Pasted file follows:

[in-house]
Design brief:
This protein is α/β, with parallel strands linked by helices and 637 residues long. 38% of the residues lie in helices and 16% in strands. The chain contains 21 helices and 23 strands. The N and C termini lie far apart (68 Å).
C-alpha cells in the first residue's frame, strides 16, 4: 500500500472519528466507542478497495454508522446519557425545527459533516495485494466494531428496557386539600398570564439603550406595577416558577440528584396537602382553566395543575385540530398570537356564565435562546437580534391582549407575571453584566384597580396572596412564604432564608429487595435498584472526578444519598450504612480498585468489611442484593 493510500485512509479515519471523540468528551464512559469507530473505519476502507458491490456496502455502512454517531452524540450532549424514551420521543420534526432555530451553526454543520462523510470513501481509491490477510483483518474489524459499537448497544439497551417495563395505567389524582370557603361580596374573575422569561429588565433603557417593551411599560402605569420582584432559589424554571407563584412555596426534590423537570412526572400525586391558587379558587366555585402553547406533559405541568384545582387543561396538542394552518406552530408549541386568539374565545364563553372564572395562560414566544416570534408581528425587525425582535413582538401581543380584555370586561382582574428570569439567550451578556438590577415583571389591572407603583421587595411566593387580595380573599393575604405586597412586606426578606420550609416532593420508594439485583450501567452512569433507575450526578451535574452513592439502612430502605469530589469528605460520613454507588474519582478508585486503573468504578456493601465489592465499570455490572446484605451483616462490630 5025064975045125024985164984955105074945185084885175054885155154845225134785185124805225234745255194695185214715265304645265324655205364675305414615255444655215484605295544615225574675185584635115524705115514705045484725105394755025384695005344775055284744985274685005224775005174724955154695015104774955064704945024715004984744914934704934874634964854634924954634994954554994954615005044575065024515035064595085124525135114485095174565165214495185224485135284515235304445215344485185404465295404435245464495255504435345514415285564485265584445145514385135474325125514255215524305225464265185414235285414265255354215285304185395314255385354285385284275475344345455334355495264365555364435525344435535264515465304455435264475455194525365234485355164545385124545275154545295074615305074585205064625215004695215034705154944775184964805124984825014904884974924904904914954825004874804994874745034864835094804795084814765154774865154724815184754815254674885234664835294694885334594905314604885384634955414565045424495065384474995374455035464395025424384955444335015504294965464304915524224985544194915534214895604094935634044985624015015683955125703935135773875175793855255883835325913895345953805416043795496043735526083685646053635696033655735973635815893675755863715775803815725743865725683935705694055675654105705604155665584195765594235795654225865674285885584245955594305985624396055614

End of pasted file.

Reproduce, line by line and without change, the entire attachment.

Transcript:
[in-house]
Design brief:
This protein is α/β, with parallel strands linked by helices and 637 residues long. 38% of the residues lie in helices and 16% in strands. The chain contains 21 helices and 23 strands. The N and C termini lie far apart (68 Å).
C-alpha cells in the first residue's frame, strides 16, 4: 500500500472519528466507542478497495454508522446519557425545527459533516495485494466494531428496557386539600398570564439603550406595577416558577440528584396537602382553566395543575385540530398570537356564565435562546437580534391582549407575571453584566384597580396572596412564604432564608429487595435498584472526578444519598450504612480498585468489611442484593 493510500485512509479515519471523540468528551464512559469507530473505519476502507458491490456496502455502512454517531452524540450532549424514551420521543420534526432555530451553526454543520462523510470513501481509491490477510483483518474489524459499537448497544439497551417495563395505567389524582370557603361580596374573575422569561429588565433603557417593551411599560402605569420582584432559589424554571407563584412555596426534590423537570412526572400525586391558587379558587366555585402553547406533559405541568384545582387543561396538542394552518406552530408549541386568539374565545364563553372564572395562560414566544416570534408581528425587525425582535413582538401581543380584555370586561382582574428570569439567550451578556438590577415583571389591572407603583421587595411566593387580595380573599393575604405586597412586606426578606420550609416532593420508594439485583450501567452512569433507575450526578451535574452513592439502612430502605469530589469528605460520613454507588474519582478508585486503573468504578456493601465489592465499570455490572446484605451483616462490630 5025064975045125024985164984955105074945185084885175054885155154845225134785185124805225234745255194695185214715265304645265324655205364675305414615255444655215484605295544615225574675185584635115524705115514705045484725105394755025384695005344775055284744985274685005224775005174724955154695015104774955064704945024715004984744914934704934874634964854634924954634994954554994954615005044575065024515035064595085124525135114485095174565165214495185224485135284515235304445215344485185404465295404435245464495255504435345514415285564485265584445145514385135474325125514255215524305225464265185414235285414265255354215285304185395314255385354285385284275475344345455334355495264365555364435525344435535264515465304455435264475455194525365234485355164545385124545275154545295074615305074585205064625215004695215034705154944775184964805124984825014904884974924904904914954825004874804994874745034864835094804795084814765154774865154724815184754815254674885234664835294694885334594905314604885384634955414565045424495065384474995374455035464395025424384955444335015504294965464304915524224985544194915534214895604094935634044985624015015683955125703935135773875175793855255883835325913895345953805416043795496043735526083685646053635696033655735973635815893675755863715775803815725743865725683935705694055675654105705604155665584195765594235795654225865674285885584245955594305985624396055614